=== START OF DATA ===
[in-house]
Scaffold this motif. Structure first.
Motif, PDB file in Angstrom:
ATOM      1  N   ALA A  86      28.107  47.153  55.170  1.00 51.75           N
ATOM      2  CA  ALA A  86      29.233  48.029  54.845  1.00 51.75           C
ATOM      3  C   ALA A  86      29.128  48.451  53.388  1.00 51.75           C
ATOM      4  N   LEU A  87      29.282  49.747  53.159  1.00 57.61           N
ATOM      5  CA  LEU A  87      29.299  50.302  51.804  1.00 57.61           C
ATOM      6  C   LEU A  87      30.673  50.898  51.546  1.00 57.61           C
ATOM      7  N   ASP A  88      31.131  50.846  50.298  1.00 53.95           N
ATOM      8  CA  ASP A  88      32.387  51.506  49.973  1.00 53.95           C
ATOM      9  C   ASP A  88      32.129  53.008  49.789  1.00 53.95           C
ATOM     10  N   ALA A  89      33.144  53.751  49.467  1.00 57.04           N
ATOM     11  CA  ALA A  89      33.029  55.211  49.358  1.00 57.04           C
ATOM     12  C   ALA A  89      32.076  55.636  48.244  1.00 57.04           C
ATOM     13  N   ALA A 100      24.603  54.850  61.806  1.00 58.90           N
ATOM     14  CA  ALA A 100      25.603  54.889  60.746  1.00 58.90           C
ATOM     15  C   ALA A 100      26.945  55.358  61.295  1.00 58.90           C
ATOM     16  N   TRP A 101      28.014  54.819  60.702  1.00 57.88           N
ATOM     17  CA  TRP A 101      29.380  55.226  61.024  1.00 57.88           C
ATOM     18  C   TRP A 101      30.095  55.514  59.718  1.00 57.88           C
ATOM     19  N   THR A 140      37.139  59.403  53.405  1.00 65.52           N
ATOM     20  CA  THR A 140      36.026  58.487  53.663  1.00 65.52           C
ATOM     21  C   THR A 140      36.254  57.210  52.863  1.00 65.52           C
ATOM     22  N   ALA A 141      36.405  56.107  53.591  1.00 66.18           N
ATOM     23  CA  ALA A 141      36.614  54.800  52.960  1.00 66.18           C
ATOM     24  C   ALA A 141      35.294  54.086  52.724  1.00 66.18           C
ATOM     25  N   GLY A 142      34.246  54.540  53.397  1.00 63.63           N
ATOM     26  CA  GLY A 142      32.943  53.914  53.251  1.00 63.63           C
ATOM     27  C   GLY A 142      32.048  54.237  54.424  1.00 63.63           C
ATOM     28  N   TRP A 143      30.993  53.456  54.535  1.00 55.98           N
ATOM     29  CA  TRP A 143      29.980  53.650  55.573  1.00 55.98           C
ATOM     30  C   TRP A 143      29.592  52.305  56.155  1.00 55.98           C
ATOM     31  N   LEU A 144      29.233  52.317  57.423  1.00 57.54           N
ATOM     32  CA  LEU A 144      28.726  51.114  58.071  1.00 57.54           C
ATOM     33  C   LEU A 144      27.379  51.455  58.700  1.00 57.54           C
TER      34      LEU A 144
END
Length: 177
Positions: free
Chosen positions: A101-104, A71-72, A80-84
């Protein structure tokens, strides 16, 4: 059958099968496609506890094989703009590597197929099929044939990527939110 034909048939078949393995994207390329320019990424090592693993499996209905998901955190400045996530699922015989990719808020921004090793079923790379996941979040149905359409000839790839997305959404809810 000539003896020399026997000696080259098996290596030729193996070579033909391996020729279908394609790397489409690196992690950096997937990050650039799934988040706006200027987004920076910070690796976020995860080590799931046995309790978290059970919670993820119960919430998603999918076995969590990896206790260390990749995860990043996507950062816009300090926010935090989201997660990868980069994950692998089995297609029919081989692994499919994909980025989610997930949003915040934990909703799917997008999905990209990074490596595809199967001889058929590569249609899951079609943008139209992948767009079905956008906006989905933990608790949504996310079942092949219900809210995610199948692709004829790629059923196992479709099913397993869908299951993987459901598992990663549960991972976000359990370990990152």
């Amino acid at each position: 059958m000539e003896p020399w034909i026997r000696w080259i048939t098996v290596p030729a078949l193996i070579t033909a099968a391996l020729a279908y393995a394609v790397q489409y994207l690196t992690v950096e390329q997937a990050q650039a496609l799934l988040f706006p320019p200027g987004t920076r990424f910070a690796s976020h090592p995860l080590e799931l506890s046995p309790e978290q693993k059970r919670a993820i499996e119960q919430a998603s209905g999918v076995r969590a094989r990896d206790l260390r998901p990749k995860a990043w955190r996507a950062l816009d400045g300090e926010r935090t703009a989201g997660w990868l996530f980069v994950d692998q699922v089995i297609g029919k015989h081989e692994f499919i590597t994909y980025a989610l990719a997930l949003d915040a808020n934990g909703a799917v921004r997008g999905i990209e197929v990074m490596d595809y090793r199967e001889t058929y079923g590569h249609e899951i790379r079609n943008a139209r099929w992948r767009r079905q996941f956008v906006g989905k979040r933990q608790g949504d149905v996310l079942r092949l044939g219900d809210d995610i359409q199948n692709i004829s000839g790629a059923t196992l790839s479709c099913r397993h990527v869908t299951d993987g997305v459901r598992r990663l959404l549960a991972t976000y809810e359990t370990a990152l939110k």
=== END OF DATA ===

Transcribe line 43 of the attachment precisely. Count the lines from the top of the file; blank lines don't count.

């Amino acid at each position: 059958m000539e003896p020399w034909i026997r000696w080259i048939t098996v290596p030729a078949l193996i070579t033909a099968a391996l020729a279908y393995a394609v790397q489409y994207l690196t992690v950096e390329q997937a990050q650039a496609l799934l988040f706006p320019p200027g987004t920076r990424f910070a690796s976020h090592p995860l080590e799931l506890s046995p309790e978290q693993k059970r919670a993820i499996e119960q919430a998603s209905g999918v076995r969590a094989r990896d206790l260390r998901p990749k995860a990043w955190r996507a950062l816009d400045g300090e926010r935090t703009a989201g997660w990868l996530f980069v994950d692998q699922v089995i297609g029919k015989h081989e692994f499919i590597t994909y980025a989610l990719a997930l949003d915040a808020n934990g909703a799917v921004r997008g999905i990209e197929v990074m490596d595809y090793r199967e001889t058929y079923g590569h249609e899951i790379r079609n943008a139209r099929w992948r767009r079905q996941f956008v906006g989905k979040r933990q608790g949504d149905v996310l079942r092949l044939g219900d809210d995610i359409q199948n692709i004829s000839g790629a059923t196992l790839s479709c099913r397993h990527v869908t299951d993987g997305v459901r598992r990663l959404l549960a991972t976000y809810e359990t370990a990152l939110k």